The title of this post refers to an event in one of my own campaigns where the key villain perished after feebly trying to flee out a window sill from the party. His death was anticlimactic and slightly embarrassing. Ten years or so before that campaign, this wouldn't have occurred because I would have fudged the dice to make him live a little longer, to make the fight a little more exciting and dramatic. But I got bored with that approach and decided to just let dice fall where they may. When it happened I was disappointed with the outcome and thought my players would agree. I was surprised by one of my player's reactions.
He told me after the game how great it was that I let them get a victory they deserved and he appreciated me not doing anything behind the screen to enhance the NPC's performance. That the NPC died as he was running away and climbing out a window made it pretty obvious to the player that I wasn't controlling the pace in a deliberate way but allowing things to play out by the dice. The player mentioned it several times in the years that followed as an example of one of the aspects of my GMing he liked.
I realized an important thing: isn't at all necessary for villains to make it to some kind of in-game third act and have the final fight play out like the end of a Rocky film. The villains are not there to serve the ego of the game master or to enable an adventure that plays like a movie script. You can't control pacing in a game with dice without either fudging or building a system rigged to produce those kinds of results. The one thing you can't control in an adventure game that uses dice to determine success and failure, is the outcome. Fighting that fact can make you miserable. If the dice say your most evil and glorious NPC dies clambering through a window, let him die. If they say he wins, let him win.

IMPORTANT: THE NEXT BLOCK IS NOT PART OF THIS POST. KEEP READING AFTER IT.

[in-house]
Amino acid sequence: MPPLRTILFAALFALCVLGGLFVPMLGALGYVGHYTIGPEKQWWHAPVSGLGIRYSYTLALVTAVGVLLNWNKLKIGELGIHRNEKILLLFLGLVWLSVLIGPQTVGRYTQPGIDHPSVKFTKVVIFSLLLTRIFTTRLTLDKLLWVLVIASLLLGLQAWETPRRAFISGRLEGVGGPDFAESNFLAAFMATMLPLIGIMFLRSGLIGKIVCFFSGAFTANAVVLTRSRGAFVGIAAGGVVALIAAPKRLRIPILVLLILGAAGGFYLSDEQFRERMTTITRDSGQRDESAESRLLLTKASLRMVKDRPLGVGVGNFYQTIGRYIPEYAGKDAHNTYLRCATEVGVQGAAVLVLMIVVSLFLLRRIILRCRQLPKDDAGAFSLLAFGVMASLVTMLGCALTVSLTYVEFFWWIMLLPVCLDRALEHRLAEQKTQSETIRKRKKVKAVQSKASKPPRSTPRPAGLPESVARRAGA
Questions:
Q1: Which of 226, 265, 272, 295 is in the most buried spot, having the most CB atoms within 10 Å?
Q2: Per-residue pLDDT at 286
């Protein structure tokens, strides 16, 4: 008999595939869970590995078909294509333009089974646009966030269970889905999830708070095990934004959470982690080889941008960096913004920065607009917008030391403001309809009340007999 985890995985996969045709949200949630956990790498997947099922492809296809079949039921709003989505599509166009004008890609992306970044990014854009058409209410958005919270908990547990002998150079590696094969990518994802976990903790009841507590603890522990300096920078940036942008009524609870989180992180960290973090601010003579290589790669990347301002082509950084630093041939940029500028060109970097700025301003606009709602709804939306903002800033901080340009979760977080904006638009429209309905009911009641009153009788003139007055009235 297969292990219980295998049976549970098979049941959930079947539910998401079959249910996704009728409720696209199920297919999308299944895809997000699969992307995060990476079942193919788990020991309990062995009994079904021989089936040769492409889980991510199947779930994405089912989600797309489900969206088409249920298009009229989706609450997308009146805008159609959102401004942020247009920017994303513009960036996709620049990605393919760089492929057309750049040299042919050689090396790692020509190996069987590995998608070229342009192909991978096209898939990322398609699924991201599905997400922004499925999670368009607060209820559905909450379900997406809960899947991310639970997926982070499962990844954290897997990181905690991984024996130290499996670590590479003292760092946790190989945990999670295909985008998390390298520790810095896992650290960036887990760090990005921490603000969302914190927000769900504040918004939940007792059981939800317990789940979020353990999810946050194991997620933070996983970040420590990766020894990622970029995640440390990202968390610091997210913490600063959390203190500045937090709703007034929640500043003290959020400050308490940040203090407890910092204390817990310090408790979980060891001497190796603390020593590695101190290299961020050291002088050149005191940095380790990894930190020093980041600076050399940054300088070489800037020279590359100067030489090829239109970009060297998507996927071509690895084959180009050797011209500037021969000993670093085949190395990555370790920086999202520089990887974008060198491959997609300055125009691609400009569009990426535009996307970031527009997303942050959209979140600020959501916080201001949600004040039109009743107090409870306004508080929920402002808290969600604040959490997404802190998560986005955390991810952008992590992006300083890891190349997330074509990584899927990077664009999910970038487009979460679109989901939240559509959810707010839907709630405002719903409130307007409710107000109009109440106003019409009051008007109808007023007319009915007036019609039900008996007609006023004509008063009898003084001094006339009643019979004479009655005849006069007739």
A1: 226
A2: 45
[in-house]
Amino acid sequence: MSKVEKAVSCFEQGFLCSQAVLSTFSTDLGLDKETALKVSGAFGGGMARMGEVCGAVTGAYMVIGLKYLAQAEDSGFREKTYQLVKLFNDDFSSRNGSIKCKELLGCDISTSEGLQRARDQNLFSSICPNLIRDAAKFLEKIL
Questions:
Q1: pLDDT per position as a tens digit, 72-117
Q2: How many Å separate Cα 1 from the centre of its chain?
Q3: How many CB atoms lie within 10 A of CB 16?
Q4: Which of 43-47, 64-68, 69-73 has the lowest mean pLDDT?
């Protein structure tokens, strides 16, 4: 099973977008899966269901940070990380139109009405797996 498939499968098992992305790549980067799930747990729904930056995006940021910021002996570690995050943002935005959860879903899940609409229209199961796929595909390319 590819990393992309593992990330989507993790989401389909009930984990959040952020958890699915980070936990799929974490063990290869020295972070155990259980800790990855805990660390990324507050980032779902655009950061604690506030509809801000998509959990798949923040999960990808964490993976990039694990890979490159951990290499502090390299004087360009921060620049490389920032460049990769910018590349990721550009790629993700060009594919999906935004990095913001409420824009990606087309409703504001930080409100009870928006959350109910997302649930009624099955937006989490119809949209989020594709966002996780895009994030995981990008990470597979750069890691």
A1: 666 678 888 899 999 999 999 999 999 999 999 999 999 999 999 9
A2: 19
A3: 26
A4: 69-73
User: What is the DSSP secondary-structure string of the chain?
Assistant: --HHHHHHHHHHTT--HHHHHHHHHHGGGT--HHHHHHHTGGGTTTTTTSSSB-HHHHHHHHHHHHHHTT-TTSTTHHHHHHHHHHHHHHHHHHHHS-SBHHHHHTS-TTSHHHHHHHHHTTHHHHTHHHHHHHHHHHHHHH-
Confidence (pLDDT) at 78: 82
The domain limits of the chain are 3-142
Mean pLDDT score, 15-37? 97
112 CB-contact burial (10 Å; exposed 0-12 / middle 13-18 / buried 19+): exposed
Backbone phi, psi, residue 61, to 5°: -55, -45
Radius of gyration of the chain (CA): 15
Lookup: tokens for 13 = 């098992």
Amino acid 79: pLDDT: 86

This doesn't mean you can't try to make encounters with bad guys more exciting by introducing villains capable of posing serious challenge to the party. On the prep side, that is something I embrace. But once the game starts, even the toughest foe can get unlucky. A simple series of bad rolls and that big encounter you were planning could topple in the first few rounds. When this happens you should never fix it during play by fudging. That cheats the players of the victory they rightly deserve. If you do need to fix it (for example the villain perished early because you did a bad job of assigning her abilities or stats) then fix it on the preparation end, not the play end.
This happened to me quite recently (HERE). In that instance the villain who had loomed over the campaign to this point died rather quickly when she ambushed the PCs with her minions. This outcome was entirely my own fault as a GM. At first, because we are actively play testing the system (and it isn't 100% complete), I thought the outcome was a product of the game itself. But when I examined the situation, it occurred to me I hadn't really compared the Qi level of the party with those they were fighting. For the encounter to be a serious challenge, the villain would have needed another minion or two of comparable strength to the party. They were so close in power level to the players that meant a swingy combat was likely. And the players had a pretty decent magic sword that gave them enough of an edge to put things on their side.
Had I fudged in that moment though, I think it would have cheapened the outcome. As much as I would have loved to have that combat be longer and more thrilling, forcing it to be so would have weakened the campaign in the long run. Don't get me wrong, this was not the outcome I had hoped for. I wanted something much more climactic. But I am not writing a movie script. I am running a game and if I shift things during play to make them more climactic that cheapens the experience for me.
And this has happened plenty of times to me in the past. Of course that is balanced out by many combats that are naturally more drawn out and evenly paced. What I've learned though is if you allow some villains to fall like the swordsman in Raiders of the Lost Arc when the dice say that happens, the players tend to trust your judgment. It also makes combat genuinely exciting because this principle swings the other way and players know they are not protected from the dice either.